Data breaches have become a modern fact of life as too many places that retain our personal data have been successfully targeted by hackers seeking information from which they can profit. Often the information is credit card and debit card numbers that can quickly be used to make purchases for goods that are then sold on the black market to convert into cash. Other times, it is personal information that allows the hacker to access our various online accounts including bank accounts or to use the information to set up new accounts that the cybercriminals can exploit. None of these scenarios are good for the victims of these data breaches. Sometimes the fault is with ourselves such as when we use easy to guess passwords or the same password for multiple accounts. Other times the fault may be with the companies that hold your data that have not instituted proper security measures.
In any event, the FBI has recently noted that now cybercriminals are exploiting data breaches by threatening to expose the victim’s personal information to others unless the targeted person agrees to pay a ransom in bitcoins which are an easy way to money launder criminal activity. At the present time the ransoms range from approximately $250 to $1,200. Here are some of the extortion emails presently being circulated.
“Unfortunately your data was leaked in a recent corporate hack and I now have your information. I have also used your user profile to find your social media accounts. Using this I can now message all of your friends and family members.”
“If you would like to prevent me from sharing this information with your friends and family members (and perhaps even your employers too) then you need to send the specified bitcoin payment to the following address.”
“If you think this amount is too high, consider how expensive a divorce lawyer is. If you are already divorced then I suggest you think about how this information may impact any ongoing court proceedings. If you are no longer in a committed relationship then think about how this information may affect your social standing amongst family and friends.”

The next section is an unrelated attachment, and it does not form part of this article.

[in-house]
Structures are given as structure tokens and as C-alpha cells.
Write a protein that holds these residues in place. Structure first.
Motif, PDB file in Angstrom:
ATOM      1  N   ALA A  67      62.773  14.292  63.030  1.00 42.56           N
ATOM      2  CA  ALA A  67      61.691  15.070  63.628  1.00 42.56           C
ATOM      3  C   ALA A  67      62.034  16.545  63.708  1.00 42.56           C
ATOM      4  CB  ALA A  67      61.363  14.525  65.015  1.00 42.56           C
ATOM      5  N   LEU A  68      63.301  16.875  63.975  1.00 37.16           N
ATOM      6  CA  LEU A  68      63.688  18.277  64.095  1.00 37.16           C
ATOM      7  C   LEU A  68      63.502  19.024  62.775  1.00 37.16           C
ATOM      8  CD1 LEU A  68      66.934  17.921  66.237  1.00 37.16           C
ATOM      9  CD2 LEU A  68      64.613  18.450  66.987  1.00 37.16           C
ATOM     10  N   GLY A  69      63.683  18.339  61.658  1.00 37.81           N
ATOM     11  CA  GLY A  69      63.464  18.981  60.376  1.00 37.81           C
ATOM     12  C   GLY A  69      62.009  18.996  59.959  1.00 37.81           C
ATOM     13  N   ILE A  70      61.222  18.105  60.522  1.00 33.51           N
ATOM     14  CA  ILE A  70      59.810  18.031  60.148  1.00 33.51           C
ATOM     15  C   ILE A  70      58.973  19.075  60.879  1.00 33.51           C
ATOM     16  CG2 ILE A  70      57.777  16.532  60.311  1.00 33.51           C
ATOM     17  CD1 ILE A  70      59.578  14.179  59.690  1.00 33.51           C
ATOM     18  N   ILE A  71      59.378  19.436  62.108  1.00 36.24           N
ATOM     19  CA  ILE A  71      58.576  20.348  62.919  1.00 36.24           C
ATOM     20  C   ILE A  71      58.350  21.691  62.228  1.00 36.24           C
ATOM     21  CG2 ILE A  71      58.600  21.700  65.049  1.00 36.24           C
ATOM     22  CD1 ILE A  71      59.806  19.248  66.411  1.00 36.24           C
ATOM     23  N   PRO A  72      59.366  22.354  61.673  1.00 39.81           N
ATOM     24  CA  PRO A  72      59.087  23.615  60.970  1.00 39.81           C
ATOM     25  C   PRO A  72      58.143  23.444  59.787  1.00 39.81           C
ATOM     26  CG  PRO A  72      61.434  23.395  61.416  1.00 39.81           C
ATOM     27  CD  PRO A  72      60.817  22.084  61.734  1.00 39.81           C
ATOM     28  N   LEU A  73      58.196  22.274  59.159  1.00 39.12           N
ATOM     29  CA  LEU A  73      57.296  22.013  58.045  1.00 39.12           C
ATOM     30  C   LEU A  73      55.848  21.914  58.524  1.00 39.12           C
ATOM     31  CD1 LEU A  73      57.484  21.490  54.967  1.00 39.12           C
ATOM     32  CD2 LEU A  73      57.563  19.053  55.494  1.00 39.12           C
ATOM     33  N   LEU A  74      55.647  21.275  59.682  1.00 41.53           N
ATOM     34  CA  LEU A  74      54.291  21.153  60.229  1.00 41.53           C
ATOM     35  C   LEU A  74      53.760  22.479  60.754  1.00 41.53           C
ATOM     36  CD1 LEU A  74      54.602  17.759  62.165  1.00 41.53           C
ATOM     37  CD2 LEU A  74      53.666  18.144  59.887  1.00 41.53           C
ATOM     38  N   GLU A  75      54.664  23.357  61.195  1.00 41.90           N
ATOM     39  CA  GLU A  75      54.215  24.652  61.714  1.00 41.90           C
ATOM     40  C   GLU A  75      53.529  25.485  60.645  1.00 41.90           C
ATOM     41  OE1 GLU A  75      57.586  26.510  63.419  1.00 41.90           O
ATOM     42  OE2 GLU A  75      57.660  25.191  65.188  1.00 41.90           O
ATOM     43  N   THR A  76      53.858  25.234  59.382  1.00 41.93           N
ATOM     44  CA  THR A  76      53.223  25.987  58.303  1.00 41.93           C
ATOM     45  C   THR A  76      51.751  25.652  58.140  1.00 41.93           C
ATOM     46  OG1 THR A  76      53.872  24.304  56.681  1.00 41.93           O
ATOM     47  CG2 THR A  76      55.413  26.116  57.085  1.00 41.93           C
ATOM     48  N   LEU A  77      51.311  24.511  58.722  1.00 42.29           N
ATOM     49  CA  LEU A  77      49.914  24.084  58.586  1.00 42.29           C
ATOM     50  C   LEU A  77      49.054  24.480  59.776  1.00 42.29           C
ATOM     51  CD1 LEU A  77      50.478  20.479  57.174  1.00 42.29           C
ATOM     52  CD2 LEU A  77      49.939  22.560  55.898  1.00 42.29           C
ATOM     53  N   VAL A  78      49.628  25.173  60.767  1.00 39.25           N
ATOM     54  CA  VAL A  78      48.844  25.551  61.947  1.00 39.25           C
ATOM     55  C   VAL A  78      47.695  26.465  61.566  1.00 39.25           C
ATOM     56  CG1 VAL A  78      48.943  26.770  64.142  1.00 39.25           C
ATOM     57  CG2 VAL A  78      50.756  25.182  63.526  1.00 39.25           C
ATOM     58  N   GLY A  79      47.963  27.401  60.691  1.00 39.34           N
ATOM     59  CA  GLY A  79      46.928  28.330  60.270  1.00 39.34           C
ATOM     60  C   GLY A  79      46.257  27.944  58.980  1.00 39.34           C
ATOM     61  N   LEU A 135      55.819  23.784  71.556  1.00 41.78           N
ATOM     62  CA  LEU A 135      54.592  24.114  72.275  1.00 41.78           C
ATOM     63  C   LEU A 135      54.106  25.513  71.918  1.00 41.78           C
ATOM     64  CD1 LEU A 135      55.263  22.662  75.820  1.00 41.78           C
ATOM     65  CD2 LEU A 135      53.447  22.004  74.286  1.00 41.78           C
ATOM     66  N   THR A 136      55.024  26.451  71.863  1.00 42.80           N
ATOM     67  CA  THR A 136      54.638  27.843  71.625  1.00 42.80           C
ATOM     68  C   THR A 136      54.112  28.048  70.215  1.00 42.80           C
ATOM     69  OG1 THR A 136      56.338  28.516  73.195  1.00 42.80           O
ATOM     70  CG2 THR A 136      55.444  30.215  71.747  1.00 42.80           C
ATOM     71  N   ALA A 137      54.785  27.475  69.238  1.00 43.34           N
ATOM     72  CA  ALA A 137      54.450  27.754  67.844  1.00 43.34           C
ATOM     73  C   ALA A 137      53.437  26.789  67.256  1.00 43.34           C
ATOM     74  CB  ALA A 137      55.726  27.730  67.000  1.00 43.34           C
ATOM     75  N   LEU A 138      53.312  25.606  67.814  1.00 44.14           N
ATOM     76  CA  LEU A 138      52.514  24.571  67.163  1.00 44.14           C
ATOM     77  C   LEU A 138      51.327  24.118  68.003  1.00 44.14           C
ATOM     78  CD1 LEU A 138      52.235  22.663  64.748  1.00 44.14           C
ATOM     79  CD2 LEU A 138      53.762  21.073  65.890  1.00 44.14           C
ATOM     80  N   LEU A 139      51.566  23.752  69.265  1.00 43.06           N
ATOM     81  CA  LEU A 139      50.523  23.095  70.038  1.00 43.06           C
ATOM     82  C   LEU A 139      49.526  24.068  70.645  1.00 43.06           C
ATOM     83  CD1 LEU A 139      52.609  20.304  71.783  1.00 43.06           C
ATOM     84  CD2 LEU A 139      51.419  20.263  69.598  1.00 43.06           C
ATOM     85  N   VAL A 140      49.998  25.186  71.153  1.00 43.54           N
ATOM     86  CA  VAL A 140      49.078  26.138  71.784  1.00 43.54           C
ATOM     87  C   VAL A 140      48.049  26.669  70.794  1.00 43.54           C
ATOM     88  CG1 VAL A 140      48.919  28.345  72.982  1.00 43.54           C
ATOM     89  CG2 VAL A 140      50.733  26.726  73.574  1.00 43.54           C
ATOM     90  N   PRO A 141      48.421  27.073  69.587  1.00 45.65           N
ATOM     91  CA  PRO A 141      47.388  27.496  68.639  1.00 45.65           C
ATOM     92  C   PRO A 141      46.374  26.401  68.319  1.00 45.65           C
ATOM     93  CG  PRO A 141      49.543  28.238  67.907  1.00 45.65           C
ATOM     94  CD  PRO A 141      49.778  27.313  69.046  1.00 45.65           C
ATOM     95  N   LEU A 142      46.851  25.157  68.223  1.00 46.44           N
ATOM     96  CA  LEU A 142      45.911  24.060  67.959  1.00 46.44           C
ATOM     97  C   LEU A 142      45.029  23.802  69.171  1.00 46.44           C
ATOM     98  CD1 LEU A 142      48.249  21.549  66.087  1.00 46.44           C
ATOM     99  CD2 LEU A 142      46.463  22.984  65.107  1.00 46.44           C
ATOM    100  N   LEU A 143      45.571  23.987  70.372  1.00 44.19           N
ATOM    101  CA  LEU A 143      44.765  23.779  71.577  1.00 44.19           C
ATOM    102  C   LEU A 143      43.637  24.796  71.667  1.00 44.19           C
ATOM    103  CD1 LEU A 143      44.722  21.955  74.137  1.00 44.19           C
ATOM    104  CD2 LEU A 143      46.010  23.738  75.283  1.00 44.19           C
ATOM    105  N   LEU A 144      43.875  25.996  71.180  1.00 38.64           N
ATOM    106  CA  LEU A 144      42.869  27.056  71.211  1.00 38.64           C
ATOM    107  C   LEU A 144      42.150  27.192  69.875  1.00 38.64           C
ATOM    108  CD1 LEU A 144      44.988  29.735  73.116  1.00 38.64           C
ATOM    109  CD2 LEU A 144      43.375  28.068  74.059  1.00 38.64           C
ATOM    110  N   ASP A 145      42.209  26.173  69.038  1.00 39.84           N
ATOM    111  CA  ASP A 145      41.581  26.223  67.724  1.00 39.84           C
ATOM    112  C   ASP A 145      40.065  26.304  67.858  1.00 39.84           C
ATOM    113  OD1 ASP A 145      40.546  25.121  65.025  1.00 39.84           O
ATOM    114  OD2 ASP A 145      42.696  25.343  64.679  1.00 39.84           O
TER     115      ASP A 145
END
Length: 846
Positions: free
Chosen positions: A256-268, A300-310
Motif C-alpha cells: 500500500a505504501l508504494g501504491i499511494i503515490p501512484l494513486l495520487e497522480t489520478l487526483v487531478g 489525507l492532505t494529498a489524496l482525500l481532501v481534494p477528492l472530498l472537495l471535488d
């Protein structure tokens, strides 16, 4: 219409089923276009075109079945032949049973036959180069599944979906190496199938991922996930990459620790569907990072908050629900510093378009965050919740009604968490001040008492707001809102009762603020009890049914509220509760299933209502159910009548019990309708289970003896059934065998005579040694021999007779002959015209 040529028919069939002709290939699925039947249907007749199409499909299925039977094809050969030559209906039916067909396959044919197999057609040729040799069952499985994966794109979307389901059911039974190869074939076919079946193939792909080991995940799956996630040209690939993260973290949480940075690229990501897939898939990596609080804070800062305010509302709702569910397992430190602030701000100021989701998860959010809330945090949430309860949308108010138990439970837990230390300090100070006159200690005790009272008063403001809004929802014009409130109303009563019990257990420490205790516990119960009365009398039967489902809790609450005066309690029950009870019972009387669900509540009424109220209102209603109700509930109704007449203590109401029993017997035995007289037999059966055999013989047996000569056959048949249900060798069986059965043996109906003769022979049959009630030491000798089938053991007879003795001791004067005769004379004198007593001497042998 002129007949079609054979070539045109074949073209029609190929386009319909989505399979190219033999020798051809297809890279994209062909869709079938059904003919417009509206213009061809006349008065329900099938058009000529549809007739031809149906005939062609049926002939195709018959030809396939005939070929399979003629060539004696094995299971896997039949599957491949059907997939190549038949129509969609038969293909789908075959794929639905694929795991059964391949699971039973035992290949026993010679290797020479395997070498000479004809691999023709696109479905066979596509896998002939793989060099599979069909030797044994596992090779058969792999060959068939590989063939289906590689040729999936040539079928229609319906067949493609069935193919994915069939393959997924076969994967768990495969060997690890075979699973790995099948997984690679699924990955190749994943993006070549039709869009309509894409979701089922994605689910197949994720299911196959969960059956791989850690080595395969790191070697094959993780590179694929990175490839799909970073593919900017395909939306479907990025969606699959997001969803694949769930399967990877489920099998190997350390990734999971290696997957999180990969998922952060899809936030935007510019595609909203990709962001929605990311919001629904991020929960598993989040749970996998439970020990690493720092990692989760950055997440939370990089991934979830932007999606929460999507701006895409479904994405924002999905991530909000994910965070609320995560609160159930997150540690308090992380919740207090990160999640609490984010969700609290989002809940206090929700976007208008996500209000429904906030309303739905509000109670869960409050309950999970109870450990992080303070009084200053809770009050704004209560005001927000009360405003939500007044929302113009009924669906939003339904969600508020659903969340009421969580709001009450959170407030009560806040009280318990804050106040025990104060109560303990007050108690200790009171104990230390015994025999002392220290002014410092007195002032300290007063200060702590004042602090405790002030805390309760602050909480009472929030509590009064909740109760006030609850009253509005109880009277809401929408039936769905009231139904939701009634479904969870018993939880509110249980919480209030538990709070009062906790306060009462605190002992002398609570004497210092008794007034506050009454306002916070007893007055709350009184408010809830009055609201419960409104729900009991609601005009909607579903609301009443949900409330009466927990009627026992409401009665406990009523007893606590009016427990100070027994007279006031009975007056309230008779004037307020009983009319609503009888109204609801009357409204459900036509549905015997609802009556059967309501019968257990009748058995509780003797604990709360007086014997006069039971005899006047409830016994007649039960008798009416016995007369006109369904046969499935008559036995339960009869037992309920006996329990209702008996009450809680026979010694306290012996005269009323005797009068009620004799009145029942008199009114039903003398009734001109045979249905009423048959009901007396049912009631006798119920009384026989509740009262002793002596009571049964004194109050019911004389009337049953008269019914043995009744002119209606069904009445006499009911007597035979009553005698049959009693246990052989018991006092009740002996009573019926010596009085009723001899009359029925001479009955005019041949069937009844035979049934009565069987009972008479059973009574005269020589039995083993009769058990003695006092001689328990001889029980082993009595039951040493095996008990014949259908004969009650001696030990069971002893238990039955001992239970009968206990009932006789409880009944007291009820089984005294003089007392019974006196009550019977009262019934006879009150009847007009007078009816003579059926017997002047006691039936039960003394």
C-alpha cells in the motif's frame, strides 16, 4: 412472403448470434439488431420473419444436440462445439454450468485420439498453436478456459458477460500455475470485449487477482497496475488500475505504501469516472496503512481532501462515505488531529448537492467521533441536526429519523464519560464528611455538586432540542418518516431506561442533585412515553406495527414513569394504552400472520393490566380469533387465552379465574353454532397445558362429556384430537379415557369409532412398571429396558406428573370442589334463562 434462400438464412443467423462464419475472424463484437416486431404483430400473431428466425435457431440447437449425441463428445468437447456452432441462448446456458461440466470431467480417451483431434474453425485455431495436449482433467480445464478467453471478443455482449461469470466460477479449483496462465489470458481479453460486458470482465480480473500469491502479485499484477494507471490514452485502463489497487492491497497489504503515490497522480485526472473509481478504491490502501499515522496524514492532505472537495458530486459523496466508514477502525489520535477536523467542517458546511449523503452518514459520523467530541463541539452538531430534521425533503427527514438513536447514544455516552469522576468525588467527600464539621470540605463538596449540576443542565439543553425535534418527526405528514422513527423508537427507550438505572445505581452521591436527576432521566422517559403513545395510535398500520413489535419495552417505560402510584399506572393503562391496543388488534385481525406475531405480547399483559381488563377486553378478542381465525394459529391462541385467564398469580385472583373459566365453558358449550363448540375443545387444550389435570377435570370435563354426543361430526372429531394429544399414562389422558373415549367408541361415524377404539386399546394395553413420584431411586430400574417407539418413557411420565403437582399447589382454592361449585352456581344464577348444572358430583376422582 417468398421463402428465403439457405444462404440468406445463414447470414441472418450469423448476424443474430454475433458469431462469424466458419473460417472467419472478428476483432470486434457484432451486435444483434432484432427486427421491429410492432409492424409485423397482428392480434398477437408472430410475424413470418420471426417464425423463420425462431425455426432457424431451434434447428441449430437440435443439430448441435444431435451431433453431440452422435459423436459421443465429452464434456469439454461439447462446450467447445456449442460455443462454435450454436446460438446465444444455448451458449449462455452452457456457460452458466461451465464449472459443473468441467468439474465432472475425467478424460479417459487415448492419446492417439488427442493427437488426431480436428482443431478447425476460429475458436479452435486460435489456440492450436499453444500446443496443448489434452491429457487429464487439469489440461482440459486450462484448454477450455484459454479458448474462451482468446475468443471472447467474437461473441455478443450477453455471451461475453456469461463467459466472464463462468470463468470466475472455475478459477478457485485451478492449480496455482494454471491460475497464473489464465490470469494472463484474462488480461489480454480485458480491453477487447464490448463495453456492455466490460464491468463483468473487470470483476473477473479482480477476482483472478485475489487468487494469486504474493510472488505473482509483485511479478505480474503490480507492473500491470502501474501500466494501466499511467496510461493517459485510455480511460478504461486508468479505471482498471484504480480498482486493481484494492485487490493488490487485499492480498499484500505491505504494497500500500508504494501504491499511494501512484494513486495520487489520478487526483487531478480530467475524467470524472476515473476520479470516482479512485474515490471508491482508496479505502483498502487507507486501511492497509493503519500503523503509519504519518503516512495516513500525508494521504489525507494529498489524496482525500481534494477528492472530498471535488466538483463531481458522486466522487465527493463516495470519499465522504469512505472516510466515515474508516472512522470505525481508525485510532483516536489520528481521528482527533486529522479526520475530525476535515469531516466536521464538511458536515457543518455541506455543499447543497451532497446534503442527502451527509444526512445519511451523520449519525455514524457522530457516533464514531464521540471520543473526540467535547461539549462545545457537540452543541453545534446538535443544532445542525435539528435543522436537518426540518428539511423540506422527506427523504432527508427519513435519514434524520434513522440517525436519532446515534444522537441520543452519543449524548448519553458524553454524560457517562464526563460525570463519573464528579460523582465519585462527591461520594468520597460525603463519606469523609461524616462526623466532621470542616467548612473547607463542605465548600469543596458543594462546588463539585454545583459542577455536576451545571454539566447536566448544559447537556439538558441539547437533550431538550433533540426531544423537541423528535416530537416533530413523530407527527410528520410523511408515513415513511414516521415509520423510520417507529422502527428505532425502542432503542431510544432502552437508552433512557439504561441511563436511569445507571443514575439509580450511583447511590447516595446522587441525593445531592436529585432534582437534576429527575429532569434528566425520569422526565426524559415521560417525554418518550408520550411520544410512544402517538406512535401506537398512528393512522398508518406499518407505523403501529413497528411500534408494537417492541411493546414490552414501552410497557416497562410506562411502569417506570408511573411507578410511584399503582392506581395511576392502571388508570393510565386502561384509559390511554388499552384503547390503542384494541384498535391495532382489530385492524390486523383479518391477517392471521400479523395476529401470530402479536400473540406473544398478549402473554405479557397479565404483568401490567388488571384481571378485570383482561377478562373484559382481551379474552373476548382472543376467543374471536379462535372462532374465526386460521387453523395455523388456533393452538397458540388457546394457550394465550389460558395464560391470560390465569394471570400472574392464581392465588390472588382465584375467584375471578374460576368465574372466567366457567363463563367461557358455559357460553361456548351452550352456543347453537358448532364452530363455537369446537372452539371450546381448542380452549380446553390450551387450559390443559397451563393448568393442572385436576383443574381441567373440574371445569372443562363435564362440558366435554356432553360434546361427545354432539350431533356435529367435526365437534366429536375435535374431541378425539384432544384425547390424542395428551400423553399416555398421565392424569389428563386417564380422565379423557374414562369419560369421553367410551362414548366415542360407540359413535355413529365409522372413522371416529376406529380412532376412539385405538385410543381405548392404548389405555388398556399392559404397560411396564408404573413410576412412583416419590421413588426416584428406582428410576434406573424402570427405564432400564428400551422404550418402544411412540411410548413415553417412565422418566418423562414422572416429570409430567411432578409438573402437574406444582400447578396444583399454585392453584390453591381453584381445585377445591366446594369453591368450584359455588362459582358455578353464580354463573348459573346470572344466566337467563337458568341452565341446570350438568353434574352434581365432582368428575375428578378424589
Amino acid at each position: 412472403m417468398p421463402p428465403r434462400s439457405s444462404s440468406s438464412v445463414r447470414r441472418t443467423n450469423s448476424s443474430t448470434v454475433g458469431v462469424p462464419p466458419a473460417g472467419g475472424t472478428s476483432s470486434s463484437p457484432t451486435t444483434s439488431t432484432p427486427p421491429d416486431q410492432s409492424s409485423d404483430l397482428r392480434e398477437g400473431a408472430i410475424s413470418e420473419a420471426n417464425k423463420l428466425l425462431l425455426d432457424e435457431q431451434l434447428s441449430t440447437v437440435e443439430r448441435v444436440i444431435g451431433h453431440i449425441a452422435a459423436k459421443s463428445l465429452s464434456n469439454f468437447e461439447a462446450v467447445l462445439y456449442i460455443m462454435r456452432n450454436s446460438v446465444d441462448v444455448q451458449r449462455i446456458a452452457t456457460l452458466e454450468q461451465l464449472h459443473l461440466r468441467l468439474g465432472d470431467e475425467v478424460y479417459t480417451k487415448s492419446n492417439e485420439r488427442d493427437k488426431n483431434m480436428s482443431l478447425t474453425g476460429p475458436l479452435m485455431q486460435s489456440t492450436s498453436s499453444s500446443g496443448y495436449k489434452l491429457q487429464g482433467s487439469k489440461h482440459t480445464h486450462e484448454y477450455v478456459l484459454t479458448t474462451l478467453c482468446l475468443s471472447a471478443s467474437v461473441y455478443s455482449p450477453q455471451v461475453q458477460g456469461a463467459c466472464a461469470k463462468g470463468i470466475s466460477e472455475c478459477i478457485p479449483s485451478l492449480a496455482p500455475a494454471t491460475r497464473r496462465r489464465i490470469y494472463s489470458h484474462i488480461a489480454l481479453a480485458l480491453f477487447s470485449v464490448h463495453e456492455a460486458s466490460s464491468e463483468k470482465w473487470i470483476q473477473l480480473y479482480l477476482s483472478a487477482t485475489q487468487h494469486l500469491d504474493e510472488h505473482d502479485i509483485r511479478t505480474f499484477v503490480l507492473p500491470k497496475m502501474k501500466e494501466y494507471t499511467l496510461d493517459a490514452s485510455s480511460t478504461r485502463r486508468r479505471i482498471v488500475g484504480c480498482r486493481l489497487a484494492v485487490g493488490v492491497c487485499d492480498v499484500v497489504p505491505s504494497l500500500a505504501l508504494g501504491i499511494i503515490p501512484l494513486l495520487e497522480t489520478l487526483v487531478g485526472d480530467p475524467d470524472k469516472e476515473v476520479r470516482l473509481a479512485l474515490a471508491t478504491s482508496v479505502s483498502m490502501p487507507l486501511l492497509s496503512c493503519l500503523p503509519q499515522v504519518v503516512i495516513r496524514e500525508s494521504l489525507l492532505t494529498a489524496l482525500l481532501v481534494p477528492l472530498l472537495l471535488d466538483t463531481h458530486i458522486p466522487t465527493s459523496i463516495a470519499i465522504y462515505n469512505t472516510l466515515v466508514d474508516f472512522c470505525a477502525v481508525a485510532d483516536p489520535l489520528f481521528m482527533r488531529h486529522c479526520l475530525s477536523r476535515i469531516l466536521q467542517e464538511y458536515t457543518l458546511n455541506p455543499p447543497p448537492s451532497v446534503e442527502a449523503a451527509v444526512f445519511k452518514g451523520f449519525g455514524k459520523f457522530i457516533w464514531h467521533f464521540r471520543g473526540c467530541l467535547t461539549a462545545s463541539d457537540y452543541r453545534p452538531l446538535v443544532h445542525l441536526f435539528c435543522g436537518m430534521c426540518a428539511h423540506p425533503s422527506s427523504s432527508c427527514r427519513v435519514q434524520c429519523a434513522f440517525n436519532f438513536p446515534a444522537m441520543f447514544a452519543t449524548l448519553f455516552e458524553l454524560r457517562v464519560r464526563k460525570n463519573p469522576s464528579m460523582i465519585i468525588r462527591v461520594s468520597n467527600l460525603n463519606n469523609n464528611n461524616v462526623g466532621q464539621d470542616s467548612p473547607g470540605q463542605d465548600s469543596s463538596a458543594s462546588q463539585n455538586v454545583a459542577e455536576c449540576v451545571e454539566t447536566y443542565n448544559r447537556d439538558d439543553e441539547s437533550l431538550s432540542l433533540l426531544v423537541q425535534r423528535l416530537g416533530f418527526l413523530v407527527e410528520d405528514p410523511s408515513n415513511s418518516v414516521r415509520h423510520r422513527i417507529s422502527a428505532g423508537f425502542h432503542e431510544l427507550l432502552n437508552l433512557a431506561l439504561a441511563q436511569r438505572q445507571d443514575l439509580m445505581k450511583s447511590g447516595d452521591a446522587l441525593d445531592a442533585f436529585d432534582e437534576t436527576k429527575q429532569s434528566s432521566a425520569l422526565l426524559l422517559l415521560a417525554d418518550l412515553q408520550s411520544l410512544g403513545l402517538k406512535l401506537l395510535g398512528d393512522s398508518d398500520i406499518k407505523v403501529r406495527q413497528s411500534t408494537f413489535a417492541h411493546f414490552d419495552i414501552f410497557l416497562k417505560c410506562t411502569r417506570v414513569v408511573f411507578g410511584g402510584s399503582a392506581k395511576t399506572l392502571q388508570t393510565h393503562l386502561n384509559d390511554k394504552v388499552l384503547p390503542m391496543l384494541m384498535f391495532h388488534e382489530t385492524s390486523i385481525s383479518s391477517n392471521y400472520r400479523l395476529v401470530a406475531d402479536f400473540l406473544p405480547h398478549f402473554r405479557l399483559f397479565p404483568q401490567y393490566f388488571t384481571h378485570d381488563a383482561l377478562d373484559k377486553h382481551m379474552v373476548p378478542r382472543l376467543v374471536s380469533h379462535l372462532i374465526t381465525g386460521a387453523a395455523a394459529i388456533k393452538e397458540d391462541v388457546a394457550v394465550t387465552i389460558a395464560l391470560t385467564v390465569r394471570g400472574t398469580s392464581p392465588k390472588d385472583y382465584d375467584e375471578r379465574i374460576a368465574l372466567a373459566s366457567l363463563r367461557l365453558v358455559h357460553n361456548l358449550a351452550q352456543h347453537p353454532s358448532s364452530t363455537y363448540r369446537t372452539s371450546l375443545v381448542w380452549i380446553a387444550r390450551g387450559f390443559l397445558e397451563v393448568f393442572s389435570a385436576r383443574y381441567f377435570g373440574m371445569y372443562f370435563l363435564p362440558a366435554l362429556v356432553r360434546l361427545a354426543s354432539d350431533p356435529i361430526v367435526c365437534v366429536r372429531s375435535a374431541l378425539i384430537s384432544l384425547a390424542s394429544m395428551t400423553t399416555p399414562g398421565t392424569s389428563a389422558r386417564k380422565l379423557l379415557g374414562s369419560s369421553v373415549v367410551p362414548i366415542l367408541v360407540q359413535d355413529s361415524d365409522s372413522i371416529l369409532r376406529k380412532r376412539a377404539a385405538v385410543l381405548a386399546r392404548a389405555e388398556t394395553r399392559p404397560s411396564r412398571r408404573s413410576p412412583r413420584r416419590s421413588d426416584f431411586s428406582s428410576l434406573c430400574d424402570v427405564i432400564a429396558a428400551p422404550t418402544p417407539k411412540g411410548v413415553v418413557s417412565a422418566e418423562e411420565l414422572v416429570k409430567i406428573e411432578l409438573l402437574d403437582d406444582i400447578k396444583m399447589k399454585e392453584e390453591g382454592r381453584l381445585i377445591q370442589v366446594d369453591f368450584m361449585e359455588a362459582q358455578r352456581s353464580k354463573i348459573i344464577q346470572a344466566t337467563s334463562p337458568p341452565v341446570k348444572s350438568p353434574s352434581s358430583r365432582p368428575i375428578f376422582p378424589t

“We have access to your Facebook page as well. If you would like to prevent me from sharing this dirt with all of your friends, family members, and spouse, then you need to send exactly 5 bitcoins to the following address.”
“We have some bad news and good news for you. First, the bad news, we have prepared a letter to be mailed to the following address that details all of your activities including your profile information, your login activity, and credit card transactions. Now for the good news, You can easily stop this letter from being mailed by sending 2 bitcoins to the following address.”
Part of the problem is that sometimes, the cybercriminals are bluffing and merely are contacting people after a noteworthy data breach without actually having the information they claim to have.
The best way to avoid this problem is to limit the places that hold your personal information as much as you can. For instance, hospitals do not need to have your Social Security number. Use complex and unique passwords for each of your accounts and use dual factor authentication whenever possible. Also, do not store personal information or sensitive photos or videos on your smartphone. You also may wish to consider limiting the amount of personal information you provide on your social media accounts that can be used against you by being leveraged to gain access to your various accounts or trick you into clicking on links in emails or text messages that may download keystroke logging malware on to your computer, smartphone or other electronic device. You also should limit the use of your debit card to use as an ATM card because the rules regarding protection from unauthorized use of your credit card provide much more protection than the rules regarding protection from unauthorized use of your debit card.